This book surprised me and is one of my favorites of the year. It’s described by its author as Heathers meets Mean Girls, but I didn’t think so. It’s so much better than either of those two (for the record: I am not a fan of either film). 

There’s a lot going on here, and while I’m sure some will try to say it’s tokenism or whatever, I don’t agree. The characters are relatable, their sexual orientation, race, weight, etc, are all reflective of real people in society and their experiences. These characters just happen to have one of those things as a part of who they are. There isn’t any agenda pushing here or anything like that. 

Was there a preachy moment? Yup. But it didn’t feel like an out of place moment, just one that went on a little too long – and if you missed it, the author’s note serves as a brick to the head to make sure you get it somehow. 
I’ll be honest – I wasn’t sure what to expect from this book. But Emma is a wonderful narrator; her sarcasm and snark was totally on point and some of the best writing of a modern teenager I’ve seen. She’s got morals and feelings and she stands up for what’s right, and if her voice is drowned out she at least knows that she tried. She’s not a coward.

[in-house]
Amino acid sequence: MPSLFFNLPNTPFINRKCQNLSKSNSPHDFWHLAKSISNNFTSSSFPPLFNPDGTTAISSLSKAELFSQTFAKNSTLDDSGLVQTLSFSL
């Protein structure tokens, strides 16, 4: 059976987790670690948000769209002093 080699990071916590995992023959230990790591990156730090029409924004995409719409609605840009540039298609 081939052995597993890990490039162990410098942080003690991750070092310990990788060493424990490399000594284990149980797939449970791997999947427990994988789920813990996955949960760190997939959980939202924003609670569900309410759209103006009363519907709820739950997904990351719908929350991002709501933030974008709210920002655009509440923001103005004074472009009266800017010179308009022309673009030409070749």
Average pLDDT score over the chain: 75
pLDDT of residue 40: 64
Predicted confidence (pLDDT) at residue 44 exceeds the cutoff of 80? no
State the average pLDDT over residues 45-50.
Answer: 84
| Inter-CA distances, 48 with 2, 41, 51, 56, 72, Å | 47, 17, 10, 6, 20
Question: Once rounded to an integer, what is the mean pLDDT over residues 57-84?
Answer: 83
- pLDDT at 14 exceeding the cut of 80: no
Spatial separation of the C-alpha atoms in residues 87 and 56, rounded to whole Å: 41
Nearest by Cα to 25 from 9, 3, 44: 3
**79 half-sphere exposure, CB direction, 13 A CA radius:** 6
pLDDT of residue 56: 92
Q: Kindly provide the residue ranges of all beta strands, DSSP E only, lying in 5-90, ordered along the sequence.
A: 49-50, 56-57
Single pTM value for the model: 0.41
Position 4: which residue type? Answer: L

And the bully of the story is her stepsister. It isn’t some random kid from school. It’s family. And that’s something so often overlooked in the awareness against bullies that many times the bully in someone’s life is a family member and there is no easy fix, if there’s a fix at all. I wish the author had mentioned that in her note, but she was trying to go in a different direction with it, and I respect that. Still, it’s worth a mention because maybe there’s someone out there who may find refuge in Emma’s sarcasm and wit from their own familial bully.